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State v. Mayle

Court of Appeals of Ohio, Eleventh District, Ashtabula

December 11, 2017

STATE OF OHIO, Plaintiff-Appellee,
v.
DOUGLAS M. MAYLE, JR., Defendant-Appellant.

         Criminal Appeal from the Ashtabula County Court of Common Pleas, Case No. 2014 CR 00298.

          Nicholas A. Iarocci, Ashtabula County Prosecutor, and Shelley M. Pratt For Plaintiff-Appellee.

          Richard Tadd Pinkston, Suite L, Barberton For Defendant-Appellant.

          OPINION

          THOMAS R. WRIGHT, J.

         {¶1} Appellant, Douglas M. Mayle, Jr., appeals revocation of his community control sanctions and imposition of a thirty-month prison term on his conviction for attempted felonious assault. He challenges the trial court's acceptance of his admission to the community control violation and his sentence. We affirm.

         {¶2} In July 2014, appellant was indicted on one count of felonious assault, a second-degree felony under R.C. 2903.11(A)(1), based upon an allegation that appellant threw a kitchen chair that hit his girlfriend in the chest, injuring her sternum.

         {¶3} Ultimately, appellant entered an Alford guilty plea to an amended charge of attempted felonious assault, a third-degree felony. The trial court accepted the plea and found appellant guilty.

         {¶4} A sentencing hearing was later scheduled and held. Speaking on his own behalf, appellant claimed he never intended any harm. He also informed that he was experiencing serious health problems, including liver failure. After appellant's statement, the prosecutor agreed incarceration was not appropriate. The trial court sentenced appellant to two years of community control, placing him on intensive supervision. The court informed appellant that he would be subject to a thirty-month prison term if he violated community control sanctions.

         {¶5} Approximately fifteen months later, the trial court issued a capias for appellant's arrest on the grounds that he repeatedly violated the terms of community control. Appellant was apprehended and confined in the county jail. His probation officer filed a "violation" complaint, alleging failure to report for over six months.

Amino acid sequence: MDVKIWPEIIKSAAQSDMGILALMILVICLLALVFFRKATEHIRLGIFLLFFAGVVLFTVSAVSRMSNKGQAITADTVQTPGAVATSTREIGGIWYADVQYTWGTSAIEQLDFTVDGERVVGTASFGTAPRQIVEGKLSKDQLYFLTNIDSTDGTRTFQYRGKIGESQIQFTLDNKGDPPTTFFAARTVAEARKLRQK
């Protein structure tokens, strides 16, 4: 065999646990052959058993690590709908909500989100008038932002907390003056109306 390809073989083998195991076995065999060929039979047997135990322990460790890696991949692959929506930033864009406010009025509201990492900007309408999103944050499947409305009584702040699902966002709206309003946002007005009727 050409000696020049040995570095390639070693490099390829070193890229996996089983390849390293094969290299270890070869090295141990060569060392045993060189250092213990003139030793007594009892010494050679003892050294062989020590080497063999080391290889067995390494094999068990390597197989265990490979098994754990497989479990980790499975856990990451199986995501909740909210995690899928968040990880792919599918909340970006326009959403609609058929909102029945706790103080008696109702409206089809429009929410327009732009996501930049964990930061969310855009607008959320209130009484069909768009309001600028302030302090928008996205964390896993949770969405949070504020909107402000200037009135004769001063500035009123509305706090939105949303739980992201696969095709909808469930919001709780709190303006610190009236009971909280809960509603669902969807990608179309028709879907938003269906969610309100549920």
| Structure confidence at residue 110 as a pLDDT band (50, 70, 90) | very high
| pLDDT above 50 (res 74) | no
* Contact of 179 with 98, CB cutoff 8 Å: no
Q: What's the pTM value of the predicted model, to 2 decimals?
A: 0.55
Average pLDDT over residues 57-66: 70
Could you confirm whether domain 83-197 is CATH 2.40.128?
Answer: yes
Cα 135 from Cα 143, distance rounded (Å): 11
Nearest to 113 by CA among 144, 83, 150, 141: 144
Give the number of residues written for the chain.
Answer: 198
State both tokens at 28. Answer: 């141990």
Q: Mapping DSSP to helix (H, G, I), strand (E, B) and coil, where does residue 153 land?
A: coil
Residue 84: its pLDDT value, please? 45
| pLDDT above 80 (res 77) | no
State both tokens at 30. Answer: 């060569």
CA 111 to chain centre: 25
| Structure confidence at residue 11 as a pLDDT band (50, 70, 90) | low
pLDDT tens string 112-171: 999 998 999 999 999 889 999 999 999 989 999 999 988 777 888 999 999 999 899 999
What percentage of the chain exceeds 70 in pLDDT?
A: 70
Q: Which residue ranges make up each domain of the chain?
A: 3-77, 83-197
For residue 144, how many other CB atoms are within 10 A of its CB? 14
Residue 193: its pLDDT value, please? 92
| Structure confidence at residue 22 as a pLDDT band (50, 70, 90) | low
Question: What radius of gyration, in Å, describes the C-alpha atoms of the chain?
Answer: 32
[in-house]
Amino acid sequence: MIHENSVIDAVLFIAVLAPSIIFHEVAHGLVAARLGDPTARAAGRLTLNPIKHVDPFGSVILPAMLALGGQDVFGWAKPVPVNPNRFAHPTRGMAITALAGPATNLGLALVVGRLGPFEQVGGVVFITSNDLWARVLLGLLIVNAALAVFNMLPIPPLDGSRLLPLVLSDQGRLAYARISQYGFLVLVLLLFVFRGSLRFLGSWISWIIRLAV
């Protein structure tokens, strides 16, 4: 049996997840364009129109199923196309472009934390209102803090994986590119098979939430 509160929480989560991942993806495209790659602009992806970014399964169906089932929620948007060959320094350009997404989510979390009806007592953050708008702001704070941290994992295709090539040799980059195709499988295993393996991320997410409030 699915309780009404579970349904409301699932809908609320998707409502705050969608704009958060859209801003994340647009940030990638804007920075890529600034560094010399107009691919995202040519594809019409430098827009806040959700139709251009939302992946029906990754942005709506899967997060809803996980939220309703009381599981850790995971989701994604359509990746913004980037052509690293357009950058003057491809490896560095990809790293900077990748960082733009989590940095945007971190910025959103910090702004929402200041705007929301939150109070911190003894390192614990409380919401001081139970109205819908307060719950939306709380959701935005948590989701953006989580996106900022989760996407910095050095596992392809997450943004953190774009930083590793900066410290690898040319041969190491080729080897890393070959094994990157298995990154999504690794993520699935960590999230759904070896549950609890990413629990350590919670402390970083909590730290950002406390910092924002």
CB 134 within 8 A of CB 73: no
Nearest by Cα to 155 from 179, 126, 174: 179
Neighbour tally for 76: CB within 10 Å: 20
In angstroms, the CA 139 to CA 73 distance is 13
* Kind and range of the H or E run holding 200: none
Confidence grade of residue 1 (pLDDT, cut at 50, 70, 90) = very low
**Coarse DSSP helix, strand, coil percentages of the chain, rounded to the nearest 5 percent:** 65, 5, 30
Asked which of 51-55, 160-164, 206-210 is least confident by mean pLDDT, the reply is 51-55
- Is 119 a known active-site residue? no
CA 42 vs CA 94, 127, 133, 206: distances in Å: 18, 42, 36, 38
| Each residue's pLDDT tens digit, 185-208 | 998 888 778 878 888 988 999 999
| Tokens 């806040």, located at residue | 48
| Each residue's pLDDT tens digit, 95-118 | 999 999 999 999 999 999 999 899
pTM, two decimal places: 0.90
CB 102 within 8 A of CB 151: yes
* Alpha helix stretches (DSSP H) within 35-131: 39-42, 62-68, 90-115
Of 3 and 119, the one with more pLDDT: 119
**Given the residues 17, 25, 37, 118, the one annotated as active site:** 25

{¶6} A probable cause hearing on the alleged violation was held. After the trial court explained the purpose of a probable cause hearing, appellant stated that he did not wish to challenge the allegation. He asserted that he was not receiving proper medical care in the county jail, and that he needed to be transferred to a state penitentiary as soon as possible to obtain adequate care. Thereafter, appellant consulted off the record with his counsel, who then informed that his client waives the probable cause and final hearing, and enters an admission on the violation.

         {¶7} After the trial court accepted the admission, appellant's counsel requested a shorter prison term than the thirty-month term referenced when community control sanctions were imposed. While acknowledging that appellant had taken some steps to change his behavior, the trial court imposed a thirty-month prison term finding appellant no longer amenable to community control sanctions, and that a prison term was necessary to satisfy the overriding purposes and principles of felony sentencing.

         {¶8} Appellant appeals raising:

         {¶9} "[1.] The trial court erred when it accepted a de facto Alford guilty plea from [appellant] without following the proper procedure laid out in State v. Piacella, 27 Ohio St.2d 92, 271 N.E.2d 852 (1971).

         {¶10} "[2.] The trial court erred in failing to notify [appellant] that an admission of violating community control at his probable cause hearing would trigger a thirty-month prison sentence under R.C. 2929.15 and R.C. 2929.19 and additionally by ...


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